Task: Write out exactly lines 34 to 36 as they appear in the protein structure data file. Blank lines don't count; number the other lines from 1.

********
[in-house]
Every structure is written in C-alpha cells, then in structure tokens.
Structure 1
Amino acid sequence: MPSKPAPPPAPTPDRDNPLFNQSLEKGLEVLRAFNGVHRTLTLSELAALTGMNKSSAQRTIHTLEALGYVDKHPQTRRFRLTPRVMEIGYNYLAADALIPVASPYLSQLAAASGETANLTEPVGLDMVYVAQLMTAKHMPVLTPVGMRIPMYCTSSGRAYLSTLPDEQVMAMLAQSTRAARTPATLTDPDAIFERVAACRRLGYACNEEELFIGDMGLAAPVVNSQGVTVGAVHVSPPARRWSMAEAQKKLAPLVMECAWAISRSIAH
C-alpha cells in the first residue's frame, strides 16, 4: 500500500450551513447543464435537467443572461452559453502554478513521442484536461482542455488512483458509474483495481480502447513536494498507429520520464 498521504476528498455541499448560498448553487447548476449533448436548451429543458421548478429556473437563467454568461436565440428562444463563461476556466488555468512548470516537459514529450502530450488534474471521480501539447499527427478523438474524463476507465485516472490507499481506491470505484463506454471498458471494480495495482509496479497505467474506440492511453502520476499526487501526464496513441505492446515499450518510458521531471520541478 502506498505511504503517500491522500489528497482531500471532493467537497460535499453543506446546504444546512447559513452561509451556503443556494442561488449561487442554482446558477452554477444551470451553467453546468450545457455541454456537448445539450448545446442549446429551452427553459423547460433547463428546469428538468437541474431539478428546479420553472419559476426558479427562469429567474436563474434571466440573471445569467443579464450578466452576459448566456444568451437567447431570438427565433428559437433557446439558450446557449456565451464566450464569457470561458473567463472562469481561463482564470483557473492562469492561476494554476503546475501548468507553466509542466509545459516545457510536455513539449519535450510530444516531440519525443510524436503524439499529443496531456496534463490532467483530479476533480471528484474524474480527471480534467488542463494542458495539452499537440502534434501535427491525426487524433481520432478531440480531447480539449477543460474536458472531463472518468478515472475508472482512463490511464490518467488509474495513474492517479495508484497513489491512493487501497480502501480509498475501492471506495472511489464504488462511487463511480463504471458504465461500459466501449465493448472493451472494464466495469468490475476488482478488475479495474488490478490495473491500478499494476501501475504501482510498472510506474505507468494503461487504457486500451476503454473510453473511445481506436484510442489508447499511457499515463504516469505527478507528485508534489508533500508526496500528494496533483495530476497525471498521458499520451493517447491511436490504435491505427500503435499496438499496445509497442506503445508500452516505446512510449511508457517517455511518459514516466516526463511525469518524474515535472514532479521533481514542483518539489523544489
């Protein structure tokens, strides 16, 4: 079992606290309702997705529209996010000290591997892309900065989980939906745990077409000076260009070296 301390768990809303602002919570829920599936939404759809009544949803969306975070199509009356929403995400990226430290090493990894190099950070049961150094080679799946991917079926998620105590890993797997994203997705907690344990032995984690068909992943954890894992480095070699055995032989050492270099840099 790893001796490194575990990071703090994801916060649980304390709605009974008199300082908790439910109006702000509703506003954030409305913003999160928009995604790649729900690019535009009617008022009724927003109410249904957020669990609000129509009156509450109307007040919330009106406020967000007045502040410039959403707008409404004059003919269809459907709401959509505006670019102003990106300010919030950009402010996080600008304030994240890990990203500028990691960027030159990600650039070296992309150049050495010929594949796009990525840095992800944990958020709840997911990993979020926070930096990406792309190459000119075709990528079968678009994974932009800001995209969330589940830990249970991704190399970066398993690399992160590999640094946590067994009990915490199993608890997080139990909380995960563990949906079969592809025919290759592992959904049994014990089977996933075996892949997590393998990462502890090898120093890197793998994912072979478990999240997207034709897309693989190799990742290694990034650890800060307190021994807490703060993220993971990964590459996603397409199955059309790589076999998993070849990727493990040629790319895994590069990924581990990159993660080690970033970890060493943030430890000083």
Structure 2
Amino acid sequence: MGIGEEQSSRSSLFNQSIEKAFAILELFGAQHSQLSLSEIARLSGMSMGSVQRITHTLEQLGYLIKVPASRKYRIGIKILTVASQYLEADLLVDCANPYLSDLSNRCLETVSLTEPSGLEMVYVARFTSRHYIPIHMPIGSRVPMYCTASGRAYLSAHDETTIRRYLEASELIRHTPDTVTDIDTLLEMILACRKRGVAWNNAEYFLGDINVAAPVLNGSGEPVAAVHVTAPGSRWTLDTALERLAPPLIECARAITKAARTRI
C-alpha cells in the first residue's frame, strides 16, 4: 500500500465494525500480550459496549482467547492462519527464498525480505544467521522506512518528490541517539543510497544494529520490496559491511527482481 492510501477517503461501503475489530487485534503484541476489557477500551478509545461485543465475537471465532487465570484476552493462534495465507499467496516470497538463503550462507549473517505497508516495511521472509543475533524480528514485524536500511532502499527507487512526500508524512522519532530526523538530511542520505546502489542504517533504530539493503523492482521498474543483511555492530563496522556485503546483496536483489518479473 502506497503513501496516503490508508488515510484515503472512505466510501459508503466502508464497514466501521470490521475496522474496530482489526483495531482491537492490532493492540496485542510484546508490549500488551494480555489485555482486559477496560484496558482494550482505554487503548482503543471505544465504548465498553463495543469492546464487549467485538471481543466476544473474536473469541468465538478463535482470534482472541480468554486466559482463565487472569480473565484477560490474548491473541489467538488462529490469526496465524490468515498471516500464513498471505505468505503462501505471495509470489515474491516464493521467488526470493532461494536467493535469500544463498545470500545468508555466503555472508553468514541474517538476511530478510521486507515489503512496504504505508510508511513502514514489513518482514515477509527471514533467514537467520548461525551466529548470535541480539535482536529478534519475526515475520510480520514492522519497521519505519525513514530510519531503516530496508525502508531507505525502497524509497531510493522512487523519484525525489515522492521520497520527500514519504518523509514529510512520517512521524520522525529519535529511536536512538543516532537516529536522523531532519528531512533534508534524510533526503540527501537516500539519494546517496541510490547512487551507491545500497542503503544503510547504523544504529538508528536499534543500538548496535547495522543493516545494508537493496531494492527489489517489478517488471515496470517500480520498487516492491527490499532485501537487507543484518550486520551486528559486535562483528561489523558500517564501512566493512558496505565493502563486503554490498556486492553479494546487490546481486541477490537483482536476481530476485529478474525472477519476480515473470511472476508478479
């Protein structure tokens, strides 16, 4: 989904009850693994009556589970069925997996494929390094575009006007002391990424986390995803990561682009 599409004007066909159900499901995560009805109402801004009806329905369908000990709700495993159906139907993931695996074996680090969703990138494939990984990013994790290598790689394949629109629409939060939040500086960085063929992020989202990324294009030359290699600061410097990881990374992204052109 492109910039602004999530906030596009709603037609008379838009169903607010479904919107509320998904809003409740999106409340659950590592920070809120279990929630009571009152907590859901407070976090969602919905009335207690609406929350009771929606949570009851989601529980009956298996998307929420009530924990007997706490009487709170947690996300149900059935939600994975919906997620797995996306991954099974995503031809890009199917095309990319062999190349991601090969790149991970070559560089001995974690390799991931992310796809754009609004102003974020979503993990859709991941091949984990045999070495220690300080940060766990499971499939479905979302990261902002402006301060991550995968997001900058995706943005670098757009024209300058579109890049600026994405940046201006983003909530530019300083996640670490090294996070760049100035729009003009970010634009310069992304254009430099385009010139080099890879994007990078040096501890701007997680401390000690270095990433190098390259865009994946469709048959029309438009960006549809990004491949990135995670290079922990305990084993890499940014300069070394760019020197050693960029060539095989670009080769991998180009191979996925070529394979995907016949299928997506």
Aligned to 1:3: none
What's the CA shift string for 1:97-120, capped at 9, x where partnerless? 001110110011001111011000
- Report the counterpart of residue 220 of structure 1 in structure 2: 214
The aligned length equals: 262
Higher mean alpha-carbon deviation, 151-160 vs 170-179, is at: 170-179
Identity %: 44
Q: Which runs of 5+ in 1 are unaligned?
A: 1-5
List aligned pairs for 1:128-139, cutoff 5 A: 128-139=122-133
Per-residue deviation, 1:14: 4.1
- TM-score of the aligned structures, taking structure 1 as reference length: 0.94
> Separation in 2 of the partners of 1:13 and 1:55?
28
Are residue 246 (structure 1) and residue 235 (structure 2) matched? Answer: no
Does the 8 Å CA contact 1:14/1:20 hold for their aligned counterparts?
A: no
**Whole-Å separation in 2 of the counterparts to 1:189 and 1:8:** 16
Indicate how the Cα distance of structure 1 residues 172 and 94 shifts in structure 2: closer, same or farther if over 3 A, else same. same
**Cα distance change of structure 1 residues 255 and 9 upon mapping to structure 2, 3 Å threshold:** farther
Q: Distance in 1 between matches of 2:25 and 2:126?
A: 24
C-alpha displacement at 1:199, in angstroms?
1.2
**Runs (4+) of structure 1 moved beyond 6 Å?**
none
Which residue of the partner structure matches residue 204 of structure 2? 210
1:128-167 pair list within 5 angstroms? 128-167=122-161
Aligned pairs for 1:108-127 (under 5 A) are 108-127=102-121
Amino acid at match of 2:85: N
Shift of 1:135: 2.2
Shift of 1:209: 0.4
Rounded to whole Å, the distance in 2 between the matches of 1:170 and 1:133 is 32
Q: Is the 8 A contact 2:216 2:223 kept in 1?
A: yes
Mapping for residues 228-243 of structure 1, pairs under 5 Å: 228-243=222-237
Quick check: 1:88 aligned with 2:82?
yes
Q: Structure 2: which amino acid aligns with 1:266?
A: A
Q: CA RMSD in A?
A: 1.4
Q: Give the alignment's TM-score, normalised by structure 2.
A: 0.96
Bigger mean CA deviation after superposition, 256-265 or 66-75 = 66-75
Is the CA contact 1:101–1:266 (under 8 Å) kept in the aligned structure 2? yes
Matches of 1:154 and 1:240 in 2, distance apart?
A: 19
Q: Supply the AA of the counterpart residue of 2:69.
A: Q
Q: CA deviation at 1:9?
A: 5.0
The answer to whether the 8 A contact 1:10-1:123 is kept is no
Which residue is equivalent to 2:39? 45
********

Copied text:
**Runs (4+) of structure 1 moved beyond 6 Å?**
none
Which residue of the partner structure matches residue 204 of structure 2? 210